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Significant Digits For Tuesday, April 23, 2019

You’re reading Significant Digits, a daily digest of the numbers tucked inside the news. For even more facts, figures and discussion, check out our live FiveThirtyEight Politics podcasts in Texas in May.


$100 million in venture capital

Luminary, a podcast service that has raised $100 million in venture capital, launches today. The company recently caused a commotion when it tweeted a bunny holding a sign that read, “Podcasts don’t need ads.” There is both free and paid content available on Luminary, but the service will launch without pod-world mainstays such as Reply All from Gimlet Media and The Daily from The New York Times. [The Verge]


2.4 percent increase

The Trump administration announced Monday that it would impose sanctions on certain countries — including U.S. allies — unless they stop buying oil from Iran, a policy “intended to bring Iran’s oil exports to zero,” according to a White House statement. Crude oil prices rose 2.4 percent on the news. [The Washington Post]


Up to $50,000

Elizabeth Warren, the Massachusetts senator and Democratic presidential candidate, has announced a $1.25 trillion plan to cancel vast swaths of student loan debt and eliminate tuition at public colleges. Warren proposes to eliminate up to $50,000 in student loan debt for everyone with a household income of less than $100,000 and a portion of the debt for those making between $100,000 and $250,000. The plan would be funded by an increase in taxes on the wealthiest families and corporations. [The New York Times]


84 percent of New Hampshirites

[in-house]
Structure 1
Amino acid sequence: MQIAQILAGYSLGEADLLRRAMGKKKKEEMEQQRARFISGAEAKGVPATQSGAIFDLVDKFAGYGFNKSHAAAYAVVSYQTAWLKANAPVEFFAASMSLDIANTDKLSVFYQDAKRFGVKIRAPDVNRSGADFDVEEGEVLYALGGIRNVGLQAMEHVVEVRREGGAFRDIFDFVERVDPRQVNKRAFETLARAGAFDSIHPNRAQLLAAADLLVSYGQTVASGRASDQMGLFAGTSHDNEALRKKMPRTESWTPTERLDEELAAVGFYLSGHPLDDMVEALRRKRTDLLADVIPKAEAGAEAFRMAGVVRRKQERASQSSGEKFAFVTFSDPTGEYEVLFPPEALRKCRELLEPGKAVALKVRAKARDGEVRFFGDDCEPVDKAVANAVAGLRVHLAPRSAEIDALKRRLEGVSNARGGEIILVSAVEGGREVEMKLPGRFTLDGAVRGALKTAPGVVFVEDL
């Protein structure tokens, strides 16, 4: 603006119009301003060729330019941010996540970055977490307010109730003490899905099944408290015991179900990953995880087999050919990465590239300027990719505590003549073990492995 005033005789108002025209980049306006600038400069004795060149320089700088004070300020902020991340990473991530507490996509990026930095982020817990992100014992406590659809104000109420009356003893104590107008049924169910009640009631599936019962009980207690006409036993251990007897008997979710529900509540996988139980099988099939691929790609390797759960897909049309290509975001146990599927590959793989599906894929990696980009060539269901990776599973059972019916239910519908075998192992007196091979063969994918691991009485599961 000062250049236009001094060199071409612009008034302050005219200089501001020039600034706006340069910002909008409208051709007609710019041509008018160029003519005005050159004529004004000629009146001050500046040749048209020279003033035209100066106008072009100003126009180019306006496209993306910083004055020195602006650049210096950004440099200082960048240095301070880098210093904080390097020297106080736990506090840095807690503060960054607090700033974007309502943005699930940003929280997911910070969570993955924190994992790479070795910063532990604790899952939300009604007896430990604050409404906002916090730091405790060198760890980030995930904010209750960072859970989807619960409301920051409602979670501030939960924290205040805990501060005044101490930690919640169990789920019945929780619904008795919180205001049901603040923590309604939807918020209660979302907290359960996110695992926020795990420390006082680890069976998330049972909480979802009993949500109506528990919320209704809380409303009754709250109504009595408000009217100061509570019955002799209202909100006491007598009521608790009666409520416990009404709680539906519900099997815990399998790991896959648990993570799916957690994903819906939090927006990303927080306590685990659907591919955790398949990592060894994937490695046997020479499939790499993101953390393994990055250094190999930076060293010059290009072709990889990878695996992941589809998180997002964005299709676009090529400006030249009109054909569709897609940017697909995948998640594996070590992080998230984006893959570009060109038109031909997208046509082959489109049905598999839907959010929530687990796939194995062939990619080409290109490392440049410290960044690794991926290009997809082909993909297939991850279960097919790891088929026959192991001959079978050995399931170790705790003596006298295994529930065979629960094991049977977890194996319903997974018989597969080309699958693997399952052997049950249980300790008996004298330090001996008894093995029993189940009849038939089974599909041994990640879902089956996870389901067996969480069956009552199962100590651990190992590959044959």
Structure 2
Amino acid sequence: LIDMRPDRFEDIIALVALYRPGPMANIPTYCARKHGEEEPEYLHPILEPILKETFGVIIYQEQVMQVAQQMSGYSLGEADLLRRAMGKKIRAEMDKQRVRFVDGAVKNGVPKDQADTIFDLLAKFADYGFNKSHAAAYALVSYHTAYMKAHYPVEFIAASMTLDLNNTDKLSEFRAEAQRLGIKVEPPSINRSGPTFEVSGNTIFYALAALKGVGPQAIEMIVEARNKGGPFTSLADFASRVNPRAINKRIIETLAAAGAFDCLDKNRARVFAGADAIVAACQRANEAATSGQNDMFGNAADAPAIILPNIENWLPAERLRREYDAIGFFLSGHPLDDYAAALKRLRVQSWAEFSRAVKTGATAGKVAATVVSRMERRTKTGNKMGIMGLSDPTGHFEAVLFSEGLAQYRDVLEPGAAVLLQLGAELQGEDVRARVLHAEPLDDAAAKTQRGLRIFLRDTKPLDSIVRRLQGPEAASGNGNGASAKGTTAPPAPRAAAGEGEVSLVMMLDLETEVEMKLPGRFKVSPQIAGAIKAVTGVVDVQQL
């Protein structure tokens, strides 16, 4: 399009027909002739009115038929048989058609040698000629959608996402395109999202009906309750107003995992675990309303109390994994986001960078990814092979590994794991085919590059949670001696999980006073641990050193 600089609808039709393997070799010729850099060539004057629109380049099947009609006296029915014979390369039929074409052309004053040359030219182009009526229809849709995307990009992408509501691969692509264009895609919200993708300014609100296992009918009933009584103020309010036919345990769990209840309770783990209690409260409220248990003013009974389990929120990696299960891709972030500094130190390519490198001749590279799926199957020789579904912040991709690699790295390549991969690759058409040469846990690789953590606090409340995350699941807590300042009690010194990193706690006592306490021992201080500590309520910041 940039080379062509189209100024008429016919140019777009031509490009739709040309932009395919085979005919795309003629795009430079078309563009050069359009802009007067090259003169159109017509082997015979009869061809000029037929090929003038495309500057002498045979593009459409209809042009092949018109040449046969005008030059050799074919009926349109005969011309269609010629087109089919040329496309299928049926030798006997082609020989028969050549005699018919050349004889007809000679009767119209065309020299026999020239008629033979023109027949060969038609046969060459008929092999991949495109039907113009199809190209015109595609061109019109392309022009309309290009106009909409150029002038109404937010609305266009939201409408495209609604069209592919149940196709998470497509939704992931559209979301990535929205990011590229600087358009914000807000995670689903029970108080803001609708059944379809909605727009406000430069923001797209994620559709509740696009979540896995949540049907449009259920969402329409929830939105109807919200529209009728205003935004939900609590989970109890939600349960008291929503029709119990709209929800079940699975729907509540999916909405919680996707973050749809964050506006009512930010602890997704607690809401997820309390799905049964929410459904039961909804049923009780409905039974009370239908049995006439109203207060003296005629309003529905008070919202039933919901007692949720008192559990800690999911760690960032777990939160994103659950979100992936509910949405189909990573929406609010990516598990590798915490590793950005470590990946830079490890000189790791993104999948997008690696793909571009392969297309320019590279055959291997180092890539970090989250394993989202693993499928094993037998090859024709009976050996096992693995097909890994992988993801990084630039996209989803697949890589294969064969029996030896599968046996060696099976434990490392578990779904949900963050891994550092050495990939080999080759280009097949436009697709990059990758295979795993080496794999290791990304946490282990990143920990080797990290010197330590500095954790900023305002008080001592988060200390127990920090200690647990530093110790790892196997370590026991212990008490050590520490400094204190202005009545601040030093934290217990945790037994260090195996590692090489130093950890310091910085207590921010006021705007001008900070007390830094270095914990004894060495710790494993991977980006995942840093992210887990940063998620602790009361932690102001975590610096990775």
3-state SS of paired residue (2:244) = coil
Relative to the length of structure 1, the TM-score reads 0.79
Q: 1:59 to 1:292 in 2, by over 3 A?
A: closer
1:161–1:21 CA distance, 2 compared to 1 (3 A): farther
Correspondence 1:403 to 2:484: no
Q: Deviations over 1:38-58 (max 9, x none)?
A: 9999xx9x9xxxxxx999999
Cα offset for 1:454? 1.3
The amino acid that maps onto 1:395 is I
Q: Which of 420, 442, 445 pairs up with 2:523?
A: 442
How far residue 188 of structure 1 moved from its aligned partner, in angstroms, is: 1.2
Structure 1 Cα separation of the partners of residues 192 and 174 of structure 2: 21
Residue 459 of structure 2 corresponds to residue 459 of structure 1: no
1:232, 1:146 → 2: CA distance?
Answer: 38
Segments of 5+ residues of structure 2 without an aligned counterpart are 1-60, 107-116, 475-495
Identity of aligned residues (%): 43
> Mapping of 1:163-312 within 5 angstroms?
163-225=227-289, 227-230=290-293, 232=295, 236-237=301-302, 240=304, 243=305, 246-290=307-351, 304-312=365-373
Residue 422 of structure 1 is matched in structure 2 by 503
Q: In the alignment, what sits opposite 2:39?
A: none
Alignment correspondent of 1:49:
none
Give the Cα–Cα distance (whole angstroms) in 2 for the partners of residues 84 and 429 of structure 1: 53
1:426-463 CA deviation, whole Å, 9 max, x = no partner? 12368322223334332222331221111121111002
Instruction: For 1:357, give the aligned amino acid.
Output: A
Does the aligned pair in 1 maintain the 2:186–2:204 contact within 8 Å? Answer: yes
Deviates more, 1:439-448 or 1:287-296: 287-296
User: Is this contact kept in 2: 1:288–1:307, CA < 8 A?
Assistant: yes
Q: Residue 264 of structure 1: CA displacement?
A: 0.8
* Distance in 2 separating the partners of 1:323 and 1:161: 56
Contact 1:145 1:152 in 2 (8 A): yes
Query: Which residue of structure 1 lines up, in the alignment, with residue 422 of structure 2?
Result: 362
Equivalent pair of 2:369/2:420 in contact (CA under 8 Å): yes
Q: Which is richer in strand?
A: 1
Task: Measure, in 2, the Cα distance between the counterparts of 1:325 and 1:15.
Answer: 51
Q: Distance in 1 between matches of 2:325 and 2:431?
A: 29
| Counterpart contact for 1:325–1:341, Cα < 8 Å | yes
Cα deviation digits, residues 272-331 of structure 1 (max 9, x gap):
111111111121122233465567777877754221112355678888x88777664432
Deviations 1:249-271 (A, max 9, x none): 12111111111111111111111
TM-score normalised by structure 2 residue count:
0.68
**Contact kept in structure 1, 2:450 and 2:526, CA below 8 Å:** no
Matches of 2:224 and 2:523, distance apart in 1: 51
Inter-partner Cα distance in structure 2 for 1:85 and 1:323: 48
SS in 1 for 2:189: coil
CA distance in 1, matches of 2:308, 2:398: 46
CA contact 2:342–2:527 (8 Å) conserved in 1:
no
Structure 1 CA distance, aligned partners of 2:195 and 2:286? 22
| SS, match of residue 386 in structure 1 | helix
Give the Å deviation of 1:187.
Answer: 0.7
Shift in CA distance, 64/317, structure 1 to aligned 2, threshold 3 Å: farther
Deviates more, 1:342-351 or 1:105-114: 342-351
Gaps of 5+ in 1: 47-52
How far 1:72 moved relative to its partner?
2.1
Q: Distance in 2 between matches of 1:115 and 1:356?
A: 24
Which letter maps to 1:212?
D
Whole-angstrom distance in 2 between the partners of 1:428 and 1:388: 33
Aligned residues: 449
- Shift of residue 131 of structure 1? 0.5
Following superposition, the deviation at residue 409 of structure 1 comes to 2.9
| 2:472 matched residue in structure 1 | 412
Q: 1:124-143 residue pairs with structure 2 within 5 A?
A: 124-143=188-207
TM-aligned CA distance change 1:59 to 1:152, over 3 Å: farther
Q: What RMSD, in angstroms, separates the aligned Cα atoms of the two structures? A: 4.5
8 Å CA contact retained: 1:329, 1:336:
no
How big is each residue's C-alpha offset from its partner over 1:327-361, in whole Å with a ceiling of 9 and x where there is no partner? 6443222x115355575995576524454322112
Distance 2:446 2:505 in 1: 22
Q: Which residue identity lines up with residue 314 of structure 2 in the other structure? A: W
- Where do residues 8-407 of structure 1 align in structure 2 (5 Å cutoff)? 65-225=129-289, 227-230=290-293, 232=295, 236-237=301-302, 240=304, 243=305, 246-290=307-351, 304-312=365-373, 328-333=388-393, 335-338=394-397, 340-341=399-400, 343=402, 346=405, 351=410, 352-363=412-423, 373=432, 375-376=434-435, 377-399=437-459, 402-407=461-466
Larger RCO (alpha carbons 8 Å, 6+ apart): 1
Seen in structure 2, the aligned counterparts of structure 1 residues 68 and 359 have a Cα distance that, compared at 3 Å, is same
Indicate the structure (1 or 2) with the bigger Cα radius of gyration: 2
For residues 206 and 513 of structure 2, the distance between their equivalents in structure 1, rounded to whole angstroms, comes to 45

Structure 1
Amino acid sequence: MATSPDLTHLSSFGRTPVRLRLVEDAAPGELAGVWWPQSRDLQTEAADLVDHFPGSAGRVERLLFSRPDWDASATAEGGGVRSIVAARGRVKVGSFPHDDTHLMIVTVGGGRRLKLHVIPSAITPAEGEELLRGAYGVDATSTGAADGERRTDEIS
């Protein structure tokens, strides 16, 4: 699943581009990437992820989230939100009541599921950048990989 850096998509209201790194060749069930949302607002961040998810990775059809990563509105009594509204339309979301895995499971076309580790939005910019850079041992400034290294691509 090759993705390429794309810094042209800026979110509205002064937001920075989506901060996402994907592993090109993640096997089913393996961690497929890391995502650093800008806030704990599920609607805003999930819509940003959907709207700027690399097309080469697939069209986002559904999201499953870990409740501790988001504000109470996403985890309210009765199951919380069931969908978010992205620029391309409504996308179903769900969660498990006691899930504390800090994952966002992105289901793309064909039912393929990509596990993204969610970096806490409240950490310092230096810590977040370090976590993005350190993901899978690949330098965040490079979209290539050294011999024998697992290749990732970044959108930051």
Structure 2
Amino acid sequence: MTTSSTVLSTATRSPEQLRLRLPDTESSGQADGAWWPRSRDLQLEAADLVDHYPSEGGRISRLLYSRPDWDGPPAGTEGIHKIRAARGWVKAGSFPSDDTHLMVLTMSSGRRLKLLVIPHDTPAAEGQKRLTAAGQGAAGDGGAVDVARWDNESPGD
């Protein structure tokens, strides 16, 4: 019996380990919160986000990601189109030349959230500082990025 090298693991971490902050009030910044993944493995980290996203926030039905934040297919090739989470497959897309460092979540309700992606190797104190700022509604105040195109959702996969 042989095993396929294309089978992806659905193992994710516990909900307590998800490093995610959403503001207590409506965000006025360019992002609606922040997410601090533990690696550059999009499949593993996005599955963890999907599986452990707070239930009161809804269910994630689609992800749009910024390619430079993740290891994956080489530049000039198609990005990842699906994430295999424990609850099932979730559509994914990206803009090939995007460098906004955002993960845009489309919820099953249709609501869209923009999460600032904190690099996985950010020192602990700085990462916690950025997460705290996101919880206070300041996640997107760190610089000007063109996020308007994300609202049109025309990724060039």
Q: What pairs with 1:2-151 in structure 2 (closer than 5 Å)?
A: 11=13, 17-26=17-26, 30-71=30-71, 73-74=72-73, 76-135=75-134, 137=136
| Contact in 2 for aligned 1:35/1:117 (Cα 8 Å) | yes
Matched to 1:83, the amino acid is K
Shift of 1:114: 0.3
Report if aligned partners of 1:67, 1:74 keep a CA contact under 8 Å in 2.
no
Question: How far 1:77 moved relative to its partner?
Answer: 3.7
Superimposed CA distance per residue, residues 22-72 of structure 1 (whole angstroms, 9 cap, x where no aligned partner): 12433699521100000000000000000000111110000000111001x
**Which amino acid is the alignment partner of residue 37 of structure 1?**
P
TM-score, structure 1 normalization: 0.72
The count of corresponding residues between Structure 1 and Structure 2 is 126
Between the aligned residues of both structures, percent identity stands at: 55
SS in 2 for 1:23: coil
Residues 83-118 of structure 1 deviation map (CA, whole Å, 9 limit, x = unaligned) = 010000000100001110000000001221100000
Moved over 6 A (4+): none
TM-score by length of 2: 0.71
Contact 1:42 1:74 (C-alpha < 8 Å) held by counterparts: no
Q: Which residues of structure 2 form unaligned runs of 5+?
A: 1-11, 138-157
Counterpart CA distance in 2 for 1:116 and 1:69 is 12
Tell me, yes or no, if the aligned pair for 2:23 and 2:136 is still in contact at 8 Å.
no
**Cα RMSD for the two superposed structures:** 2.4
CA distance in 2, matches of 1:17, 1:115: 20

Seth Moulton, a Massachusetts congressman, has joined the phalanx of Democrats running for president, a group which now ties a record — with the 2016 GOP — for the largest ever primary field. While Moulton is not especially well known, he may have a sneaky advantage afforded to presidential candidates hailing from Massachusetts: 84 percent of early voting New Hampshire residents live in the Boston media market. [FiveThirtyEight]


11-day strike

The Stop & Shop supermarket company and its striking workers have reached a tentative agreement to end an 11-day work stoppage. The three-year agreement includes wage increases and maintains health coverage. The union said the deal was “a powerful victory for the 31,000 hardworking men and women of Stop & Shop who courageously stood up to fight for what all New Englanders want.” [The Associated Press]


15 instances

“Nobody disobeys my orders,” President Trump claimed Monday at the White House Easter Egg Roll. However, The Washington Post tallied 15 instances documented in the Mueller report of aides disobeying the president. They include disobedience on the parts of Trump’s White House counsel, campaign manager, chief of staff, defense secretary, staff secretary, deputy attorney general, deputy national security adviser, director of national intelligence and chief economic adviser. [The Washington Post]


From ABC News:


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Oliver Roeder is a senior writer for FiveThirtyEight.

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